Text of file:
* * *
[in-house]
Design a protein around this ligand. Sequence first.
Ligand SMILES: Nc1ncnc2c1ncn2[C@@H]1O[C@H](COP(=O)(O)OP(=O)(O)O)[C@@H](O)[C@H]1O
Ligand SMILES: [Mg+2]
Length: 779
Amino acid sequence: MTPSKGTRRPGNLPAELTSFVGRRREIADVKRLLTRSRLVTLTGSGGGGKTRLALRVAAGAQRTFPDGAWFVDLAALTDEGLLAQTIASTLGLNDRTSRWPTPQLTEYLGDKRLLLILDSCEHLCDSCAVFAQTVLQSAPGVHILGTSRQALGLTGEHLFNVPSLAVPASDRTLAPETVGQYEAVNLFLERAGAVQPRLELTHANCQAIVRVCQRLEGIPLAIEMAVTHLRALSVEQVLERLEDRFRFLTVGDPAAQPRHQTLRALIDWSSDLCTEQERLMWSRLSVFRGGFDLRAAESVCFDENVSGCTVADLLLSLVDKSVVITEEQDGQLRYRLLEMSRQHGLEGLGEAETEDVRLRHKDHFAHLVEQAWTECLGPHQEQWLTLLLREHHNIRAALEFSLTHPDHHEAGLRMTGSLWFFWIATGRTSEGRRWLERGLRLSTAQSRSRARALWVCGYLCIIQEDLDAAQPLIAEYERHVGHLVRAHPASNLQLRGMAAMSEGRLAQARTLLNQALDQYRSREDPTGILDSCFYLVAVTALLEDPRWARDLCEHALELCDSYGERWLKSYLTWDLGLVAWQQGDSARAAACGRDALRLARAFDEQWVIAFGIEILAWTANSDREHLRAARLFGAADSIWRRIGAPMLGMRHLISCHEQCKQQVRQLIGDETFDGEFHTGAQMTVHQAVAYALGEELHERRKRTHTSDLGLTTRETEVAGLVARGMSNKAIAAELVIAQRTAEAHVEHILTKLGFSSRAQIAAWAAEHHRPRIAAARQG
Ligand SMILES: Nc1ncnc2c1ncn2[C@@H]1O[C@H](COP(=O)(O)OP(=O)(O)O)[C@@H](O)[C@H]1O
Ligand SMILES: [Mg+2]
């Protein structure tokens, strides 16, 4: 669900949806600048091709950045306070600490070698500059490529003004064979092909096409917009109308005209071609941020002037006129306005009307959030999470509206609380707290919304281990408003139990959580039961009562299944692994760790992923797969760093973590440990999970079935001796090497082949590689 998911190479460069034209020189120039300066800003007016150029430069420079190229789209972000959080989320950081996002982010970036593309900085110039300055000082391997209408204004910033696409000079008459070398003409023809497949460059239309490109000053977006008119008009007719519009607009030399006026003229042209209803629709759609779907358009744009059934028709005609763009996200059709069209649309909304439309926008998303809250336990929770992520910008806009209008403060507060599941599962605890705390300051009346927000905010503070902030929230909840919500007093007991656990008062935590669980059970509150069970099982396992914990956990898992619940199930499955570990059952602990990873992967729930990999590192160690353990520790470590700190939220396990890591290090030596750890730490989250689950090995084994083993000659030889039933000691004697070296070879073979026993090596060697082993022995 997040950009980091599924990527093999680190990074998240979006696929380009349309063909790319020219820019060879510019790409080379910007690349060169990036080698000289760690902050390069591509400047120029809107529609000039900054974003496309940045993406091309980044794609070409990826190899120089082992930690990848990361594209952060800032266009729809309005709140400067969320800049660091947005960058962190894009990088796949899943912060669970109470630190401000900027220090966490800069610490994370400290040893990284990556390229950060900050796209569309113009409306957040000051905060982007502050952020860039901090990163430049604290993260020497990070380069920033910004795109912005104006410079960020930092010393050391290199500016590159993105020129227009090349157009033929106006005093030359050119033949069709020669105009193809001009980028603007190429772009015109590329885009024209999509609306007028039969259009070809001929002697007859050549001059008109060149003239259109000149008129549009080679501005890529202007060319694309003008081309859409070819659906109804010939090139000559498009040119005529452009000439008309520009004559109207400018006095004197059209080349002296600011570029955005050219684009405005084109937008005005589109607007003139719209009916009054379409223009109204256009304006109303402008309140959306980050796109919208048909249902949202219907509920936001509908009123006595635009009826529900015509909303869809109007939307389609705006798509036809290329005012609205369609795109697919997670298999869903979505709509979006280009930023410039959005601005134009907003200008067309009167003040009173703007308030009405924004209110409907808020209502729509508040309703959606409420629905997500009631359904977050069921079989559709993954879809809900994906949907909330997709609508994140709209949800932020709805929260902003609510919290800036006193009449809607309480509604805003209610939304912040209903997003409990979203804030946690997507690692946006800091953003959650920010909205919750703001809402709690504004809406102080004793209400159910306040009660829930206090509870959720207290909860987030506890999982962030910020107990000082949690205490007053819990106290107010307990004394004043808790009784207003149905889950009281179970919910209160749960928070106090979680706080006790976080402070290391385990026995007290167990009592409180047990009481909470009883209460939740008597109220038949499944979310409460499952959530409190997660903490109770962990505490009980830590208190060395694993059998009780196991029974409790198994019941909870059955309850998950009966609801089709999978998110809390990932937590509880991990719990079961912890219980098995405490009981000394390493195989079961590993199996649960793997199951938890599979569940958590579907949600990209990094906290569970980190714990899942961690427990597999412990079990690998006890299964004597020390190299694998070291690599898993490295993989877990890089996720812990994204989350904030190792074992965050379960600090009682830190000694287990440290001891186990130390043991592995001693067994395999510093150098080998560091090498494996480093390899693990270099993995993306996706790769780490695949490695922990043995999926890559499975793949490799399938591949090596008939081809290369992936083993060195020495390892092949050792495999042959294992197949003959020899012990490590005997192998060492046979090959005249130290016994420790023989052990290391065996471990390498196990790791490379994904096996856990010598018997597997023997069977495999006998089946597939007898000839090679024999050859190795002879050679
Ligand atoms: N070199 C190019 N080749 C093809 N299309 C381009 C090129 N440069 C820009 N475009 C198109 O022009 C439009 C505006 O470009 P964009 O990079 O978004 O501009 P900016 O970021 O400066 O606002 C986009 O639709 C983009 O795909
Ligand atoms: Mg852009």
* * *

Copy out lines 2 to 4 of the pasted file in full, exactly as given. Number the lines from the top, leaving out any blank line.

Design a protein around this ligand. Sequence first.
Ligand SMILES: Nc1ncnc2c1ncn2[C@@H]1O[C@H](COP(=O)(O)OP(=O)(O)O)[C@@H](O)[C@H]1O
Ligand SMILES: [Mg+2]